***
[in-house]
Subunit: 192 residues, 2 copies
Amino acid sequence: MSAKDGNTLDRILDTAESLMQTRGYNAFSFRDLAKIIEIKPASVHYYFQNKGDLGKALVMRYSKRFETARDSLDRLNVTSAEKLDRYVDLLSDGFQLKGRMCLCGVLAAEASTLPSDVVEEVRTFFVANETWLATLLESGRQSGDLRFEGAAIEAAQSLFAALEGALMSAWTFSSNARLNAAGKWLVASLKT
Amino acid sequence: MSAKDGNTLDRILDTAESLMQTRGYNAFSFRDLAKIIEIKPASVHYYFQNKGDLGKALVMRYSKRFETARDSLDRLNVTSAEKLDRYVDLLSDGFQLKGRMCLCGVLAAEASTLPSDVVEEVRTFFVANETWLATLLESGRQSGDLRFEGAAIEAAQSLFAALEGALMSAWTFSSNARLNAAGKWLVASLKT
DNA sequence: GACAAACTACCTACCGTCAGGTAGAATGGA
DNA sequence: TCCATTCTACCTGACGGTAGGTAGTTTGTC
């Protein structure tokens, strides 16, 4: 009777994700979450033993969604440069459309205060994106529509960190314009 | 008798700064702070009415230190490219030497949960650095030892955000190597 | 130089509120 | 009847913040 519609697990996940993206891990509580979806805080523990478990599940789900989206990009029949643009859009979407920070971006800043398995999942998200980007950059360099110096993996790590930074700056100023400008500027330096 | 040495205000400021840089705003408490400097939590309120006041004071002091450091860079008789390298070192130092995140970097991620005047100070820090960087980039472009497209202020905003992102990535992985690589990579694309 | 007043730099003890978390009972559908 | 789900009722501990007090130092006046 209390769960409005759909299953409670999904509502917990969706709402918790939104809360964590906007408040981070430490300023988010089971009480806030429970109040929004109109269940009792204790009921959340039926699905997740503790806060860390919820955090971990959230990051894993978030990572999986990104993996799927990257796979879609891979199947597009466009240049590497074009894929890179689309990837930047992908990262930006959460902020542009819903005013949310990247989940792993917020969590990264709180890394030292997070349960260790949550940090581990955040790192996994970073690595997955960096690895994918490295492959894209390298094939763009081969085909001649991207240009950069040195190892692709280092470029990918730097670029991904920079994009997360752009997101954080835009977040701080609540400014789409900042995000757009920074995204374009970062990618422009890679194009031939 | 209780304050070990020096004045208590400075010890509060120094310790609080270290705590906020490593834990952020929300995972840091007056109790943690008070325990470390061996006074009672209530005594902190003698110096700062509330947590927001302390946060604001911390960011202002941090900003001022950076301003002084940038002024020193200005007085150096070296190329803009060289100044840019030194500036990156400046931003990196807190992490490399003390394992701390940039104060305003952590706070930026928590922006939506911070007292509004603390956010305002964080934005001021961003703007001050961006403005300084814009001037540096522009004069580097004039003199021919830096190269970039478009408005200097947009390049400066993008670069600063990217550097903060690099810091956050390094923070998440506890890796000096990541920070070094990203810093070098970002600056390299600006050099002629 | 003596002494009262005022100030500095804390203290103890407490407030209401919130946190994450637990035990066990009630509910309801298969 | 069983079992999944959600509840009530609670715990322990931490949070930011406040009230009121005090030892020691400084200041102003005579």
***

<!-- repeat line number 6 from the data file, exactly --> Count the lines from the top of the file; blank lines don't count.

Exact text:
DNA sequence: TCCATTCTACCTGACGGTAGGTAGTTTGTC